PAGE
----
Authors: PINAKI ROY AND ANSHU RANI
Abstract: Climate and weather information plays a crucial part before and after any cropping season. It provides plethora of knowledge to the farmers and farm women about resource utilization and if it is given in advance, can boost productivity at farm place in multi-folds. An initiative was taken by Ministry of Earth Sciences (MoES), being operationalized by Indian Meteorological Department (IMD) called Agro- meteorological Advisory Service (AAS) to help the farmers in their farming, so that they could utilize the resources at maximum and with minimum wastage and loss. Simultaneously, it will also provide avenues to increase farm productivity and instil confidence in farmers. India is a land of agriculture. More than 70 % of population depend on agriculture and agriculture in turn depends on climate, which is the unique in the world itself. With so much variety in climate ranging from South-West monsoon to North-East monsoon, it has made agriculture vulnerable. With some advances in weather forecast, the process of adaptation could be well done. Agro- meteorological Advisories are the single window solutions for all the queries related to fluctuating weather conditions and management of crops according to that. It not only helps to stabilize the production but helps in resource utilization as well. The main aim of AAS is to gather information on weather and climate, soil related information, and crop based knowledge and combines them with weather forecast in order to provide farmers the vision to manage their decision, which ultimately would bring maximum productivity with minimum loss. While solving the problems of farmers, AAS itself has evolved in due course of time. It has developed specific tools to assess weather information for greater efficiency. But the process of evolution should go far if Indian agriculture has to be efficient and productive.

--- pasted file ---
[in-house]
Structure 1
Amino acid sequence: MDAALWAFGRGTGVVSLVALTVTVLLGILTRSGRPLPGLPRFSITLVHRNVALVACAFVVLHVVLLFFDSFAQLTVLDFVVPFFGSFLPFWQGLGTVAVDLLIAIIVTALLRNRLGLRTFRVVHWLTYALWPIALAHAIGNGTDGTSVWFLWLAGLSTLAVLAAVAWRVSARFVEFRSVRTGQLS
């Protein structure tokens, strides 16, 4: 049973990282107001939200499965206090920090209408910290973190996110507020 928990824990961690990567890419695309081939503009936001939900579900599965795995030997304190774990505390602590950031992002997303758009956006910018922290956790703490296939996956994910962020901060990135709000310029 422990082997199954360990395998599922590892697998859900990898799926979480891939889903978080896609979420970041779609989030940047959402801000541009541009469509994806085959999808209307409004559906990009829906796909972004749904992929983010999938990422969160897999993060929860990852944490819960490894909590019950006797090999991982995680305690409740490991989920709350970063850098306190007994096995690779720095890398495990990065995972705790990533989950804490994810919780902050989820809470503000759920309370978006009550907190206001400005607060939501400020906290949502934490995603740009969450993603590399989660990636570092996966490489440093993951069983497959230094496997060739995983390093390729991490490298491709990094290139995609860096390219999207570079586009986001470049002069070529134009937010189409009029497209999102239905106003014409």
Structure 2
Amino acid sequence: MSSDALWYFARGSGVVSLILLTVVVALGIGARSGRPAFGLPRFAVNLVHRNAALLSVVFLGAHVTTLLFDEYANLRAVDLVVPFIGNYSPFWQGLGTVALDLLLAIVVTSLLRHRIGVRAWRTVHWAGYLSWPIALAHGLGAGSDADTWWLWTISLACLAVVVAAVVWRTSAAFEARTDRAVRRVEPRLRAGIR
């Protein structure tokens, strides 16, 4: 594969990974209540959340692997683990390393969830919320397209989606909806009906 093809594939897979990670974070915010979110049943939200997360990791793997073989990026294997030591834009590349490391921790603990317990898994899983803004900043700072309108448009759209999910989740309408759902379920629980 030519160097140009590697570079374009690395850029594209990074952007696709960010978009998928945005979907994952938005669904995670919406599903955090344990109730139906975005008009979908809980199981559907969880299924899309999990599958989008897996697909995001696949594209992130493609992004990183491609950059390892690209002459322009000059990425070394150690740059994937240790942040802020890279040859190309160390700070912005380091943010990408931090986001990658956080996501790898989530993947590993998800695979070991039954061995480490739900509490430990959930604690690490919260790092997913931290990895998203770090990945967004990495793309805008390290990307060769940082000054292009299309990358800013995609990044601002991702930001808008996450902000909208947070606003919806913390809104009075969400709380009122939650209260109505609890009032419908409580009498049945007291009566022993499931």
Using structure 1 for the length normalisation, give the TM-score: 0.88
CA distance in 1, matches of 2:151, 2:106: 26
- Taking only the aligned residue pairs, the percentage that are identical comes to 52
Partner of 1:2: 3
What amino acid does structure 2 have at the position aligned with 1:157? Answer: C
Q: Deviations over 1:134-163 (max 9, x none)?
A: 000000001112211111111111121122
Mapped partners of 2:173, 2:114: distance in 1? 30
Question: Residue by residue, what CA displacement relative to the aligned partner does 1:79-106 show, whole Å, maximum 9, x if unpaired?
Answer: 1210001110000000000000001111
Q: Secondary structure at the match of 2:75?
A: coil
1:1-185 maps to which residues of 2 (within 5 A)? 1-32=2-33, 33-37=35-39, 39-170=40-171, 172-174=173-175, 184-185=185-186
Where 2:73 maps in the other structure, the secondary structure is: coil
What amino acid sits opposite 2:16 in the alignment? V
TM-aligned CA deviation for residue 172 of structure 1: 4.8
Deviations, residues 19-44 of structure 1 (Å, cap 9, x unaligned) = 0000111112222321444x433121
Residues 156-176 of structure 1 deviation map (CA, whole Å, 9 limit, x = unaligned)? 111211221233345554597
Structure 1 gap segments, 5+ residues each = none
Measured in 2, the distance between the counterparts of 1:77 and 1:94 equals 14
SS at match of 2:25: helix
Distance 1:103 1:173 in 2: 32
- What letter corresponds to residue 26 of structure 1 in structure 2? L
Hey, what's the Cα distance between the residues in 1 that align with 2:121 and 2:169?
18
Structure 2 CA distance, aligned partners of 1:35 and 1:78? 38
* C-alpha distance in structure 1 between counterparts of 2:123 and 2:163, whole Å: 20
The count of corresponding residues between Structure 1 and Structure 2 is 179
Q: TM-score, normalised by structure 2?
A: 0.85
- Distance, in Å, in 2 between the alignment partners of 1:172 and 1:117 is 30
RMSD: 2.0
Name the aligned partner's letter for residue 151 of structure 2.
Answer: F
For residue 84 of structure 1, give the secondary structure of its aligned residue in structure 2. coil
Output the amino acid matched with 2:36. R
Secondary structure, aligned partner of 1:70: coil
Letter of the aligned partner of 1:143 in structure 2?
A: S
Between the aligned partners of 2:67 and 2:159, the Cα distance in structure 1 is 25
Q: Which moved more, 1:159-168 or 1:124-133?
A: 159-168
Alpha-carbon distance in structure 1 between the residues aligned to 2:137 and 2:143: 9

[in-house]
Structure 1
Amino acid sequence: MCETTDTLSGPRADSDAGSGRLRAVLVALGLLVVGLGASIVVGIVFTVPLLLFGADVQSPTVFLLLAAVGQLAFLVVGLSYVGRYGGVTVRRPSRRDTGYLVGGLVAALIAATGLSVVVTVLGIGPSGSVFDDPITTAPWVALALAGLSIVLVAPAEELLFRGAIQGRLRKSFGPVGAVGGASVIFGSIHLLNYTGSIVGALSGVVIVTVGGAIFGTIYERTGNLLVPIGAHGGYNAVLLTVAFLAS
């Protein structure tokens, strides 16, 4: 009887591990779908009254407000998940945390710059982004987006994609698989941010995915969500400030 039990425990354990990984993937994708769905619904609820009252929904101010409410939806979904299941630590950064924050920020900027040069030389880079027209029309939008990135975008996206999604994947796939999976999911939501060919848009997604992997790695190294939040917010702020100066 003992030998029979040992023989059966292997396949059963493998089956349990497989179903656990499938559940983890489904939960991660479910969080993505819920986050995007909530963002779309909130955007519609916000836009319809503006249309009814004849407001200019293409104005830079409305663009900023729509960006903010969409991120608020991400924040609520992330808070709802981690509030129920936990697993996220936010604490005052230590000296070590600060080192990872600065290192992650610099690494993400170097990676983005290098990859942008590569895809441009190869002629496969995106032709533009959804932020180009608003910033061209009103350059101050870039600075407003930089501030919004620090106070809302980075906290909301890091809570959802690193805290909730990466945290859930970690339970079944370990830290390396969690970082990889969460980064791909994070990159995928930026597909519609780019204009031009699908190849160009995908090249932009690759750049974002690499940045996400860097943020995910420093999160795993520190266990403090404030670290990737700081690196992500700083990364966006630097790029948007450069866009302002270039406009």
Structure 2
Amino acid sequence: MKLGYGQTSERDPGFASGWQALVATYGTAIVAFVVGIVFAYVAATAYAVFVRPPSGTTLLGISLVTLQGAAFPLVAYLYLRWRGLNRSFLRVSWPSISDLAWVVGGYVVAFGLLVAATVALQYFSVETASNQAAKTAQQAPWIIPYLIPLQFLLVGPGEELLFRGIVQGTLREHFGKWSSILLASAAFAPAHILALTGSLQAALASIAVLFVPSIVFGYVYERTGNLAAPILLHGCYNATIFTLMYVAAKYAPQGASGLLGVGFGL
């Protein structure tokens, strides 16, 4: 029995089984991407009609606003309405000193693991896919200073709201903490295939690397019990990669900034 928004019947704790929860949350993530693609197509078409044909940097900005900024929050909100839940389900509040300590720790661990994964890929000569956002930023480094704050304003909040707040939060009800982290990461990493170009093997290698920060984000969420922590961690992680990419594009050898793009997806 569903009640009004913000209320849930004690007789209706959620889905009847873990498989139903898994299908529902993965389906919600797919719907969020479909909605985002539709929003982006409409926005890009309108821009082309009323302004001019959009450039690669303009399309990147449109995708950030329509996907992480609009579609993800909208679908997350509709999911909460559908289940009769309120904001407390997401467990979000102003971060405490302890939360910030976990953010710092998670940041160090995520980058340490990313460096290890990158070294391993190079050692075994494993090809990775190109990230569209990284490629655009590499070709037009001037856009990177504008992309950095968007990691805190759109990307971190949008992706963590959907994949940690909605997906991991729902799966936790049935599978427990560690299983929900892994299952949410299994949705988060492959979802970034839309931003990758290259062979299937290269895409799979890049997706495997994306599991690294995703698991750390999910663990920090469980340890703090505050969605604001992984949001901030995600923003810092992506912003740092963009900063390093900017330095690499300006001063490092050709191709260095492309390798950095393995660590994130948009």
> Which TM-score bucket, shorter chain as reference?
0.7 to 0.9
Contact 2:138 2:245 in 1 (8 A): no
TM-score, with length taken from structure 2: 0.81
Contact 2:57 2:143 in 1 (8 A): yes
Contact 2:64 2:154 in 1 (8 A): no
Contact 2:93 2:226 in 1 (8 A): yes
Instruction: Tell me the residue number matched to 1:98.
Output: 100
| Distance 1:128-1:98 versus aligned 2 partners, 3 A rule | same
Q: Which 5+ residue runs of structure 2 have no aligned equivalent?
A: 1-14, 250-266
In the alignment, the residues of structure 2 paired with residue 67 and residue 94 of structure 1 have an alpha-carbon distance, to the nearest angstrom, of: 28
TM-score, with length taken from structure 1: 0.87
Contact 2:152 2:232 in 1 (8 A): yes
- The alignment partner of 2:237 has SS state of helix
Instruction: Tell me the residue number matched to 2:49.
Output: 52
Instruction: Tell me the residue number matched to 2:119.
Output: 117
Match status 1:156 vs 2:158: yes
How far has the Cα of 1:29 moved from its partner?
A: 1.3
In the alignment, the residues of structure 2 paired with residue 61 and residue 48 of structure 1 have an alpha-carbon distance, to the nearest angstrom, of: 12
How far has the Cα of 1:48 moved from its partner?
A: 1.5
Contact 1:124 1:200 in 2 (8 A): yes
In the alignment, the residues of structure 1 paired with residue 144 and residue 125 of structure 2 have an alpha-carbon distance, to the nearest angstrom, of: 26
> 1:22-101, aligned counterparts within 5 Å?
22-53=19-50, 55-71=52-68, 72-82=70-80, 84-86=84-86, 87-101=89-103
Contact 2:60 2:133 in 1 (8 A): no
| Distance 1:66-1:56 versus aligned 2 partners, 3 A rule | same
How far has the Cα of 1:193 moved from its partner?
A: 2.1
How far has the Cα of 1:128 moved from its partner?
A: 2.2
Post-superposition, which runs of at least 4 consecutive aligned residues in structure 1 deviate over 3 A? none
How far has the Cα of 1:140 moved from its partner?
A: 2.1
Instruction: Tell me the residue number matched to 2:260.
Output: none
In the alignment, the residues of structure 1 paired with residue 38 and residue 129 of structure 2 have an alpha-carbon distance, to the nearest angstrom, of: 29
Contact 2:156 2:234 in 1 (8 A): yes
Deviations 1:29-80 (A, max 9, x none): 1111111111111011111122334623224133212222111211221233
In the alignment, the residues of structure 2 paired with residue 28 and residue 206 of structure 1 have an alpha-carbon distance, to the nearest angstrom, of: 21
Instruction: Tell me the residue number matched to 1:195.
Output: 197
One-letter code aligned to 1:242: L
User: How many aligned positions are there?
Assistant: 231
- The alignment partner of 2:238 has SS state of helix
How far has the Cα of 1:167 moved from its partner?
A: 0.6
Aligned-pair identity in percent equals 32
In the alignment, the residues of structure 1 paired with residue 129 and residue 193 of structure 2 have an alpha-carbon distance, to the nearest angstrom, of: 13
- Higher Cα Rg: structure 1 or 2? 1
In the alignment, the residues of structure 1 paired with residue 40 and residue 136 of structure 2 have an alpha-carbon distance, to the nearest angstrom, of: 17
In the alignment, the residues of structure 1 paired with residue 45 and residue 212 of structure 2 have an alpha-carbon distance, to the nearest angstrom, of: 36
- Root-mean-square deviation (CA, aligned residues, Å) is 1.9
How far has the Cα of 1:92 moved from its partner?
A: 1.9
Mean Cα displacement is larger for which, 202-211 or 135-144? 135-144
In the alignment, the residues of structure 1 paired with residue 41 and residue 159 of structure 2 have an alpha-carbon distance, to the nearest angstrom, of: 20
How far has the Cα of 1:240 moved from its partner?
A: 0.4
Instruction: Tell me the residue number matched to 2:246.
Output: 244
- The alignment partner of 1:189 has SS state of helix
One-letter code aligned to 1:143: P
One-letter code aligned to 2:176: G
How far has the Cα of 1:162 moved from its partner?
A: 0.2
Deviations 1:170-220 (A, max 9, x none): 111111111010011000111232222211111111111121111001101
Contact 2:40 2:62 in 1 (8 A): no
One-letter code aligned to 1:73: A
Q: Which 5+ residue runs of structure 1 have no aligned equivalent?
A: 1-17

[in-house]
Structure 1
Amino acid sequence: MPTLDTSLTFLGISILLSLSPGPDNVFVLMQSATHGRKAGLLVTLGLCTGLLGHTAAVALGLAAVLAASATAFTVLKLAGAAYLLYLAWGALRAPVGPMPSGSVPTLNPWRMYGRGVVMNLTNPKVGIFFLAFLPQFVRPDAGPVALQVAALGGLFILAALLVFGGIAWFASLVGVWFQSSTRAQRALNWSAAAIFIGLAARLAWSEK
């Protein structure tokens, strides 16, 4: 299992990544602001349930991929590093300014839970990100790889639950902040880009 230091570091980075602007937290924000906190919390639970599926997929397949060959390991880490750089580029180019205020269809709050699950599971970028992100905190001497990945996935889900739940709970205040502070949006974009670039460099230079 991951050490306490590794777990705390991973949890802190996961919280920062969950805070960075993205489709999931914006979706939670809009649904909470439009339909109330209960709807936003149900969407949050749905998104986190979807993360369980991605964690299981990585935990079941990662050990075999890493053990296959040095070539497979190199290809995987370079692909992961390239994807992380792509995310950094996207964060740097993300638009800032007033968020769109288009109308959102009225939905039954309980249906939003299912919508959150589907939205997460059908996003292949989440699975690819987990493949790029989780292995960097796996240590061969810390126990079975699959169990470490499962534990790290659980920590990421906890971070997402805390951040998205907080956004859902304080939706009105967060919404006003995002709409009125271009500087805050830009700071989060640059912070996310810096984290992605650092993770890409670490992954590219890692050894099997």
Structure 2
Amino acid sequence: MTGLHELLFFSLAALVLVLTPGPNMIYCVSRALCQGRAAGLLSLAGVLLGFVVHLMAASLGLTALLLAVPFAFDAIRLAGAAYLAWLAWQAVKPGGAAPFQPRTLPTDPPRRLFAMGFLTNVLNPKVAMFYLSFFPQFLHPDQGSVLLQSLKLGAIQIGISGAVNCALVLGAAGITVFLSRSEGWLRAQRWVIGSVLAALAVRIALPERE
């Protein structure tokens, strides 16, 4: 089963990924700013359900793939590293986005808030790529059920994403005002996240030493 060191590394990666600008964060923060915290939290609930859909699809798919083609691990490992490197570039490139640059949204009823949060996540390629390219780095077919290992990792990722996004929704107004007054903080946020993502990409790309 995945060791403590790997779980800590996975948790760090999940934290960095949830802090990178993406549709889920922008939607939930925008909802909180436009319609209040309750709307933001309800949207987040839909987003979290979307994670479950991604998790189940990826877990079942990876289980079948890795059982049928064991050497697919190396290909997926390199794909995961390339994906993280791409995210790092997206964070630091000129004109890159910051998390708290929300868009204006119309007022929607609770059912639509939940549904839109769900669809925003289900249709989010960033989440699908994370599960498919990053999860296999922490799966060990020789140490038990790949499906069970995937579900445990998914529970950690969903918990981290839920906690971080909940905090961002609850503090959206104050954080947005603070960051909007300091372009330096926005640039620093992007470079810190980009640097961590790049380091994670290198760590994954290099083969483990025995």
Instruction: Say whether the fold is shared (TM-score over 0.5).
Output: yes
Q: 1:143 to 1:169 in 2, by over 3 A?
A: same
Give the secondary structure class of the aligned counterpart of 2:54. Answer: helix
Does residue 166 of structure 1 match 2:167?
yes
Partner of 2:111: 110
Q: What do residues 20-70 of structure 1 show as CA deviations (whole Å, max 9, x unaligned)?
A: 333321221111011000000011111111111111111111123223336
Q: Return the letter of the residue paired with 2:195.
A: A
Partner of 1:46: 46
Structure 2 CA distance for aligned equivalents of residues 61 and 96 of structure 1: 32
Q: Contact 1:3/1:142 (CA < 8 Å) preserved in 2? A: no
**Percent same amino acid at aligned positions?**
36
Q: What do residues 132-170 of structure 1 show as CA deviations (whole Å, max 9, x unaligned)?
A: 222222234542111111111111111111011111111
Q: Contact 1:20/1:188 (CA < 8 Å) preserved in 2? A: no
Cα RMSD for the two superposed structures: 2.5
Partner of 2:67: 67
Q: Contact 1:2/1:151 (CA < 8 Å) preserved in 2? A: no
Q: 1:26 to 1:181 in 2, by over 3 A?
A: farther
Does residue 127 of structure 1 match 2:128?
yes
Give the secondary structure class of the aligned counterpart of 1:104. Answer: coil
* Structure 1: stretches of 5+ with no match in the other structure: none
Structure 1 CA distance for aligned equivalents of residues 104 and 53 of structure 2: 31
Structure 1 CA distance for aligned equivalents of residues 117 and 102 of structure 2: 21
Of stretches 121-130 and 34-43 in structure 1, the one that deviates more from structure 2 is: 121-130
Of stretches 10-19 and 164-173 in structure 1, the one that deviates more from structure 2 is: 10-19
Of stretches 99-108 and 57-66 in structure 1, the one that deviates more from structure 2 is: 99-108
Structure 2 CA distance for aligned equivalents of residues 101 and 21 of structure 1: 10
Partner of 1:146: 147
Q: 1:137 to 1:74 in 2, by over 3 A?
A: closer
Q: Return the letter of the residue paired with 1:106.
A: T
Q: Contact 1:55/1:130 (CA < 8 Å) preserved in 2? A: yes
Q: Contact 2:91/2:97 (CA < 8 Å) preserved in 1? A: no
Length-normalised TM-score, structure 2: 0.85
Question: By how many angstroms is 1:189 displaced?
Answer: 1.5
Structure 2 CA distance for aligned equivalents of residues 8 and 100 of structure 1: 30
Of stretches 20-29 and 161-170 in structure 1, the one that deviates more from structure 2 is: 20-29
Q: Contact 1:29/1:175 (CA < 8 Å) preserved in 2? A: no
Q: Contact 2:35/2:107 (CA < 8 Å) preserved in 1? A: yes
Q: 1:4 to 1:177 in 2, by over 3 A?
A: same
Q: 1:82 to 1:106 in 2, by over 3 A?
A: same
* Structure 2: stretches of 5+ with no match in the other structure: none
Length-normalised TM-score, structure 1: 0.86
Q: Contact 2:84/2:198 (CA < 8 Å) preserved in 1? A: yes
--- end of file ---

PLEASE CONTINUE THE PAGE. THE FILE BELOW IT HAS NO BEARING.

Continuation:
India is home for 1.32 billion people who comprise about 17 per cent of the world’s population. The nation has to nurture its huge population with only 2.4 per cent of the world’s geographical area and 4 per cent of its water resources. As agriculture is the backbone of Indian economy that accounts for about 14 per cent of the nation’s GDP, about 11per cent of its exports, and provides livelihood to about half of the population. But Indian agriculture is presently challenged by a number of constraints like climate change, depleting natural resources, land fragmentation etc. Impact of climate change on agriculture will be one of the major deciding factors influencing the future food security of mankind on the earth. Agriculture is not only sensitive to climate change but also one of the major drivers for climate change. The climate sensitivity of agriculture is uncertain, as there is regional variation in rainfall, temperature, crops and cropping systems, soils and management practices. The inter-annual variations in temperature and precipitation were much higher than the predicted changes in temperature and precipitation. The crop losses may increase if the predicted climate change increases the climate variability. Different crops respond differently as the global warming will have a complex impact. The tropics are more dependent on agriculture as 75% of world population lives in tropics and two thirds of these people’s main occupation is agriculture. With low levels of technology, wide range of pests, diseases and weeds, land degradation, unequal land distribution and rapid population growth, any impact on tropical agriculture will affect their livelihood. Rice, wheat, maize, sorghum, soybean and barley are the six major crops in the world grown in 40% cropped area, and contribute to 55% of non-meat calories and over 70% of animal feed (FAO, 2015). Consequently, any effect on these crops would adversely affect the food security. By 2050, the India’s population will reach 1.7 billion people, creating the most populated country in the world. Henceforth food demand will increase by 70%, and is already lagging domestic food production. India’s overall demand for food grains is expected to increase from 236.2 million tonnes in 2010 to 303-318 million tonnes in 2030 (Anonymous, 2017). But Indian agriculture production system faces the daunting task of feeding 17.5% of the global population with only 2.4% of land and 4% of water resources at its disposal. India is more vulnerable to climate change in view of the dependence of huge population on agriculture, excessive pressure on natural resources, and relatively weak coping mechanisms. The warming trend in India over the past 100 years has indicated an increase of 0.6°C, which is likely to impact many crops, negatively impacting food and livelihood security of millions of farmers. The impacts of climate change on agriculture may not be felt evenly. In these situation Agro- meteorological Advisories are the single window solutions for all the queries related to fluctuating weather conditions and management of crops according to that. It not only helps to stabilize the production but helps in resource utilization as well. The main aim of AAS is to gather information on weather and climate, soil related information, and crop based knowledge and combines them with weather forecast in order to provide farmers the vision to manage their decision, which ultimately would bring maximum productivity with minimum loss. While solving the problems of farmers, AAS itself has evolved in due course of time. It has developed specific tools to assess weather information for greater efficiency. But the process of evolution should go far if Indian agriculture has to be efficient and productive.